Anterior pelvic tilt is one of the most common postural issues among girls, second only to hunchback. Anterior pelvic tilt not only affects the aesthetics of posture but is also a posture that is easily prone to injury during sports.
What is anterior pelvic tilt?
If we look at the position of the pelvis from the side, the so-called central position refers to the direction of the opening above the pelvis pointing to the ceiling (left in the figure below). If the pelvis turns forward, it is called anterior pelvic tilt (middle in the figure below), and if it turns backward, it is called posterior pelvic tilt (right in the figure below).
How can anterior pelvic tilt be detected?
Anterior pelvic tilt can be detected by touching two points – the anterior superior iliac crest and the pubic bone – in a relaxed standing position. The anterior superior iliac spine can be felt along the sides of the navel and down to the most convex part of the bone, while the pubic bone is the lowest edge of the abdomen to the bone.
Pelvic midline: The anterior superior iliac spine and the pubic bone are on the same vertical line.
Anterior pelvic tilt: The anterior superior iliac crest is in front of the pubic bone.
Posterior pelvic tilt: The anterior superior iliac crest is behind the pubic bone.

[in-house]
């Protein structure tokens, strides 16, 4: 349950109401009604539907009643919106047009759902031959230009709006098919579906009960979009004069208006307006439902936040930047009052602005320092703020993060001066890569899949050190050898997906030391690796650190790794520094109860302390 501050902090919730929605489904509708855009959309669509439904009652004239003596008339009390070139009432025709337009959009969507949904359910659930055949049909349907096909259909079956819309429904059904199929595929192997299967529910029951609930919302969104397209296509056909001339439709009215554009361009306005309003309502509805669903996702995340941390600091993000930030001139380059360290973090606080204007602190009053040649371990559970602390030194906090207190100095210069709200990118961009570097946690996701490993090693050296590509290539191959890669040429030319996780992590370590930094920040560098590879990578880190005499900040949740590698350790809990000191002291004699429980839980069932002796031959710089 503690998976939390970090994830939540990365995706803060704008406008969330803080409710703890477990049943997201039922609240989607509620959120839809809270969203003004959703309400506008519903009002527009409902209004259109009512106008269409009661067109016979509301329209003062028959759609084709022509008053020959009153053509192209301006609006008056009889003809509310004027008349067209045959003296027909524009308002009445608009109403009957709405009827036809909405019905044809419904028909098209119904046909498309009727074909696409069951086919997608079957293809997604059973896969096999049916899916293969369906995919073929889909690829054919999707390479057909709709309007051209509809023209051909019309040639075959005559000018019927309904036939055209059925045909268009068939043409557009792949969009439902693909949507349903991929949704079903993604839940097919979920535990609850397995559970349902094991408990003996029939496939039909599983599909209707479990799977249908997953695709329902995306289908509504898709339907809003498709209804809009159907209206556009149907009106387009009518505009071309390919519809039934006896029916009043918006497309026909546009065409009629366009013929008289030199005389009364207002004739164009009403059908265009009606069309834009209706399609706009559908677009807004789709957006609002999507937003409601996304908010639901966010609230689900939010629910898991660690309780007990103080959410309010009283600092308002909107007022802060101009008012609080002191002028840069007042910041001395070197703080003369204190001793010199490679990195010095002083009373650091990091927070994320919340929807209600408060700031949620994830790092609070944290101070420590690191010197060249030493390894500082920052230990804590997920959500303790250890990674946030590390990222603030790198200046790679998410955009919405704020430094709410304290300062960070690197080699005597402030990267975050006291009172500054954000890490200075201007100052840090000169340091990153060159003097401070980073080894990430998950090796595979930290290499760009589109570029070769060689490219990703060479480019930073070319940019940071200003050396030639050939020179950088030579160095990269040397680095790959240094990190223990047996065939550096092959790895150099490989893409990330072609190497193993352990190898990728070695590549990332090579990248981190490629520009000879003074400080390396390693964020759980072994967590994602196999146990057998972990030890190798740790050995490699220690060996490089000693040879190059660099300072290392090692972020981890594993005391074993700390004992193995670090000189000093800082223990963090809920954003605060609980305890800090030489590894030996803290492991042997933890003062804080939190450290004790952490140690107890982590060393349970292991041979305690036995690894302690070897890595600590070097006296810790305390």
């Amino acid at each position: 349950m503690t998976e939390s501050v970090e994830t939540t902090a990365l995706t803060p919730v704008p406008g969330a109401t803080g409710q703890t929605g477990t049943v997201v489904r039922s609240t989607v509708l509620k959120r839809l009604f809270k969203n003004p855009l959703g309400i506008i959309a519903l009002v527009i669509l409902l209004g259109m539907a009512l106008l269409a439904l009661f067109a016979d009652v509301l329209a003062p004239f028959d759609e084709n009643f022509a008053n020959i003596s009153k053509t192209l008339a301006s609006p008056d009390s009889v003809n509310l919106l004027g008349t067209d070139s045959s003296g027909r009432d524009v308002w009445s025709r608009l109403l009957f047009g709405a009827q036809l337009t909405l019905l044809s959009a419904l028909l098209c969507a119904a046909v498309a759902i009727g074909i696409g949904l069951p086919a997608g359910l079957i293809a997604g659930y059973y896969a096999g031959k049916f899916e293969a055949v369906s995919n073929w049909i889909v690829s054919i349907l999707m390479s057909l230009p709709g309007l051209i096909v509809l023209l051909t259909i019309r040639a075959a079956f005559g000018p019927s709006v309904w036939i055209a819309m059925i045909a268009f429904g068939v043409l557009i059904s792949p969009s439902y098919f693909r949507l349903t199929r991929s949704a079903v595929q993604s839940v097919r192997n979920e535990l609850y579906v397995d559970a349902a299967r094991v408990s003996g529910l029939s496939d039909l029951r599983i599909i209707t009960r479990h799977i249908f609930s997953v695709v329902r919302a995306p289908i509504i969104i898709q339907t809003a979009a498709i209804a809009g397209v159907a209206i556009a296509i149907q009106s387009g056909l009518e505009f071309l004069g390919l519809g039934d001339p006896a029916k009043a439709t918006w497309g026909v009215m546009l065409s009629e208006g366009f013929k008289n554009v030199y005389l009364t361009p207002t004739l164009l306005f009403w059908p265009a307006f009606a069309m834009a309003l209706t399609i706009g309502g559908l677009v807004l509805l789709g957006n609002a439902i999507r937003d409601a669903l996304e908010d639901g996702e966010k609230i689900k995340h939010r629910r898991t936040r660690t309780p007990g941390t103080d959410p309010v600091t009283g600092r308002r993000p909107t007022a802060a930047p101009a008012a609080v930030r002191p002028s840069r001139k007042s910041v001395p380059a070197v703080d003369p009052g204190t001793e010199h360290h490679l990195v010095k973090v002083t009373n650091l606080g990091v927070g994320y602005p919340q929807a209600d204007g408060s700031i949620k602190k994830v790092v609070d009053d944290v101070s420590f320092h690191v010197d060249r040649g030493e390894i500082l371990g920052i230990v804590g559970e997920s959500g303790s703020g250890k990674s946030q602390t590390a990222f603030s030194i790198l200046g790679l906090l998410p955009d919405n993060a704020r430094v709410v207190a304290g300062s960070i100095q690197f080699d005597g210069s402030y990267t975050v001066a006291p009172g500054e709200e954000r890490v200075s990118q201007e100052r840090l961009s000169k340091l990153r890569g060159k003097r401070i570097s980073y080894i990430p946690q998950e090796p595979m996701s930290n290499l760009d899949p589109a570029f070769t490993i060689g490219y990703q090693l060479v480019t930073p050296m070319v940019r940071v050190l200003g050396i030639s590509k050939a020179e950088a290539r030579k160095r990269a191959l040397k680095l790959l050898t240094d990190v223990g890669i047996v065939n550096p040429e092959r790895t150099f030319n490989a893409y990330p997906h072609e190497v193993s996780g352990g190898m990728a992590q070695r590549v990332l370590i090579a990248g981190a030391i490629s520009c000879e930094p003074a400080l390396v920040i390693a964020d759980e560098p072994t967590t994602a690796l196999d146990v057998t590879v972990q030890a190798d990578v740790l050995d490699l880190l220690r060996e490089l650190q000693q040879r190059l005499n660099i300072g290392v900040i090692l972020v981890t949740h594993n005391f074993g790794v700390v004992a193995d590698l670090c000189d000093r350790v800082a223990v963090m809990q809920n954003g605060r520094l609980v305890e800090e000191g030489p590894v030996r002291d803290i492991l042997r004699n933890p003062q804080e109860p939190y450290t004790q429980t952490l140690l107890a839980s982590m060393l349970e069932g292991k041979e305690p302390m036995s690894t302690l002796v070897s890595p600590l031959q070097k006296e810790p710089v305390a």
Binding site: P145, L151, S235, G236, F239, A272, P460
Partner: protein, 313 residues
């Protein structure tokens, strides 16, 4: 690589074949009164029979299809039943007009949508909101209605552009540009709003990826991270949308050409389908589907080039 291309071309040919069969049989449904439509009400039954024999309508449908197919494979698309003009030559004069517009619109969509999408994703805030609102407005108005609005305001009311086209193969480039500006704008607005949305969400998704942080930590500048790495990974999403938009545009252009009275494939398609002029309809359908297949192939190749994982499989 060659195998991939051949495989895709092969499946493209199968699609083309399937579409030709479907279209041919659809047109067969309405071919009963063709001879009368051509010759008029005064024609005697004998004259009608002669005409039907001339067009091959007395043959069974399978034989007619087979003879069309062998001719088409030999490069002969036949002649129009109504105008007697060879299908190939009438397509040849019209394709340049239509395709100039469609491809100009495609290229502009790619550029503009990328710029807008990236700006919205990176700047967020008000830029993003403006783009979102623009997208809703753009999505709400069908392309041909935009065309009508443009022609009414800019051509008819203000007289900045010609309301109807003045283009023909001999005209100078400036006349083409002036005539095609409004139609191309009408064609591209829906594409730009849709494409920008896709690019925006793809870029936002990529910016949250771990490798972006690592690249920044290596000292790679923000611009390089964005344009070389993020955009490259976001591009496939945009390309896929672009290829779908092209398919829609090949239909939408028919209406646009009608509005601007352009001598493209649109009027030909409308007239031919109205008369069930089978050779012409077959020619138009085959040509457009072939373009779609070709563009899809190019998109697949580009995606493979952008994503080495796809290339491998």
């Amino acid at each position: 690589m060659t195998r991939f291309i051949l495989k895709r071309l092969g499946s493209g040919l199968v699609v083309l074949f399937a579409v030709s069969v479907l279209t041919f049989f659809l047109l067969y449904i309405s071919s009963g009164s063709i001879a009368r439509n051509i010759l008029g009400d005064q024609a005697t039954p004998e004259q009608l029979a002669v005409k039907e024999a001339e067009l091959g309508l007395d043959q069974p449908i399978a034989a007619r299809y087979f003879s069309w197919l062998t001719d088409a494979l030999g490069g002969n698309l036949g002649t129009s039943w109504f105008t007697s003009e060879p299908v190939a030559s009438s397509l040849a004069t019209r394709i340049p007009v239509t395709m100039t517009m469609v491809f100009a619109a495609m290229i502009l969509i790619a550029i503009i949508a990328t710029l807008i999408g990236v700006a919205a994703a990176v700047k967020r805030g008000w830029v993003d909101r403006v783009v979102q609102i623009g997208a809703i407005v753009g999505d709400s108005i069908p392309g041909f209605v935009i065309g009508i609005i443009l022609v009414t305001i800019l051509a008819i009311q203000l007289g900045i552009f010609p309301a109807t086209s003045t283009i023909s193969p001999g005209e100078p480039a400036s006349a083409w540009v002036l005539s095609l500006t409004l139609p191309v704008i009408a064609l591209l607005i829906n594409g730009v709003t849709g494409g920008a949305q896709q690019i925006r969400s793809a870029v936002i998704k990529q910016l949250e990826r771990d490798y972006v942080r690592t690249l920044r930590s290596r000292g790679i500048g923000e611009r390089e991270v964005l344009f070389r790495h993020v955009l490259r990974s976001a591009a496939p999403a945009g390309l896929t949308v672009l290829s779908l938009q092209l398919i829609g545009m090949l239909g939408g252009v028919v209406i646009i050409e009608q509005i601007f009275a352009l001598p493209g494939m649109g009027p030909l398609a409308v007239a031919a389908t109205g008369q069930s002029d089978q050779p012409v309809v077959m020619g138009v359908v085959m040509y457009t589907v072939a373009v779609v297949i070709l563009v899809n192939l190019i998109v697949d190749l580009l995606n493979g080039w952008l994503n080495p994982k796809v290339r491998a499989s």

(The upper point is the anterior superior iliac crest and the lower point is the pubic bone)
Causes of anterior pelvic tilt
Abdominal and Core Weakness
The core and abdominal muscles help maintain the position of the pelvis and spine, and when they are weak due to bone structure, it is easy to develop pelvic tilt, especially for mothers who have given birth, as their abdominal muscles have been stretched for a long time and become weak.
Back muscles and front thigh muscles are too tight
These two groups of muscles are connected to the pelvis, and when they are too tight, the pelvis is easily pulled forward.
Poor standing posture
If you are used to standing with your abdomen bulging forward, it is easy to pull your pelvis forward when you do not relax your posture, and over time, your body will maintain this posture.
How can you improve your pelvic tilt?
Stretch the back muscles that are too tight
Action: Kneel on all fours, contract your stomach to arch your back. The pelvis will change from a forward tilt position to a backward tilt position. Then sit with your buttocks towards your heels to stretch the back muscles, and hold this position for 10 seconds.
Core muscle training
Action instructions: Lie down with your feet bent on the floor. Touch the anterior iliac spine and pubic bone on the same level – this is the position of the pelvis. Then maintain the position of the waist, lift your feet in the air, and hold for 3 to 5 breaths. During the process, you should not feel any back pain.
Advanced core training and extension of the anterior thigh muscle group
Action: In a four-footed kneeling position, move your hands forward to find the center of your pelvis. Then imagine your body moving forward like a stick until your shoulders, buttocks, and knees are in line.
The following illustration shows the incorrect training posture for anterior pelvic tilt.
Posture is the result of the balance of the body’s muscle groups, so training and paying attention to your daily posture can help you improve anterior pelvic tilt and avoid back pain caused by it.
Reference: The Psoas Solution: The Practitioner’s Guide to Rehabilitation, Corrective Exercise, and Training for Improved Function
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